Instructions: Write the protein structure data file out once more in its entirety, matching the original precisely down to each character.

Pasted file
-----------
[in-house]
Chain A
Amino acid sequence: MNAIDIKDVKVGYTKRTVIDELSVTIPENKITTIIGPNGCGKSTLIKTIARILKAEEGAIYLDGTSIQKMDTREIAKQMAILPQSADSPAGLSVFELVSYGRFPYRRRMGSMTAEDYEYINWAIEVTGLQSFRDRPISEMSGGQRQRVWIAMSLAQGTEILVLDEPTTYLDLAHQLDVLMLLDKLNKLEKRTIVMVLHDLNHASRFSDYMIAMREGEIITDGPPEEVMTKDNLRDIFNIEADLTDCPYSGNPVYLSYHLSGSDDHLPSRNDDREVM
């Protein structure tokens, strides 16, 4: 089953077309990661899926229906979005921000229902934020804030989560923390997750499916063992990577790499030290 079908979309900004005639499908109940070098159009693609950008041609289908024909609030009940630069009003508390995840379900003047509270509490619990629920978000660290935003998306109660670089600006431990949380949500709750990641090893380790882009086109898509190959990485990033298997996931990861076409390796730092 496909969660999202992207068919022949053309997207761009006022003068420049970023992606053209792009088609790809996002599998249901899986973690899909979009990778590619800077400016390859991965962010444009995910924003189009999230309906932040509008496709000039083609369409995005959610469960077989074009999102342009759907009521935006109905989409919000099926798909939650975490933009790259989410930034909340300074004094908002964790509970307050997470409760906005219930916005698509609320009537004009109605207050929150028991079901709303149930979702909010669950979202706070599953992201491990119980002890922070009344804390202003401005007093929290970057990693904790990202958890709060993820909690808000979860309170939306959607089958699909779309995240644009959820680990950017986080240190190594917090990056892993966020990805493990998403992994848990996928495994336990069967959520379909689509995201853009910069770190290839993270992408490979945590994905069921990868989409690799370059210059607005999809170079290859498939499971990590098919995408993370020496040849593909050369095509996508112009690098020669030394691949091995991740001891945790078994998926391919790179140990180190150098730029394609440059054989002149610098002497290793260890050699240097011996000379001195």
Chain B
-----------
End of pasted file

[in-house]
Chain A
Amino acid sequence: MNAIDIKDVKVGYTKRTVIDELSVTIPENKITTIIGPNGCGKSTLIKTIARILKAEEGAIYLDGTSIQKMDTREIAKQMAILPQSADSPAGLSVFELVSYGRFPYRRRMGSMTAEDYEYINWAIEVTGLQSFRDRPISEMSGGQRQRVWIAMSLAQGTEILVLDEPTTYLDLAHQLDVLMLLDKLNKLEKRTIVMVLHDLNHASRFSDYMIAMREGEIITDGPPEEVMTKDNLRDIFNIEADLTDCPYSGNPVYLSYHLSGSDDHLPSRNDDREVM
């Protein structure tokens, strides 16, 4: 089953077309990661899926229906979005921000229902934020804030989560923390997750499916063992990577790499030290 079908979309900004005639499908109940070098159009693609950008041609289908024909609030009940630069009003508390995840379900003047509270509490619990629920978000660290935003998306109660670089600006431990949380949500709750990641090893380790882009086109898509190959990485990033298997996931990861076409390796730092 496909969660999202992207068919022949053309997207761009006022003068420049970023992606053209792009088609790809996002599998249901899986973690899909979009990778590619800077400016390859991965962010444009995910924003189009999230309906932040509008496709000039083609369409995005959610469960077989074009999102342009759907009521935006109905989409919000099926798909939650975490933009790259989410930034909340300074004094908002964790509970307050997470409760906005219930916005698509609320009537004009109605207050929150028991079901709303149930979702909010669950979202706070599953992201491990119980002890922070009344804390202003401005007093929290970057990693904790990202958890709060993820909690808000979860309170939306959607089958699909779309995240644009959820680990950017986080240190190594917090990056892993966020990805493990998403992994848990996928495994336990069967959520379909689509995201853009910069770190290839993270992408490979945590994905069921990868989409690799370059210059607005999809170079290859498939499971990590098919995408993370020496040849593909050369095509996508112009690098020669030394691949091995991740001891945790078994998926391919790179140990180190150098730029394609440059054989002149610098002497290793260890050699240097011996000379001195």
Chain B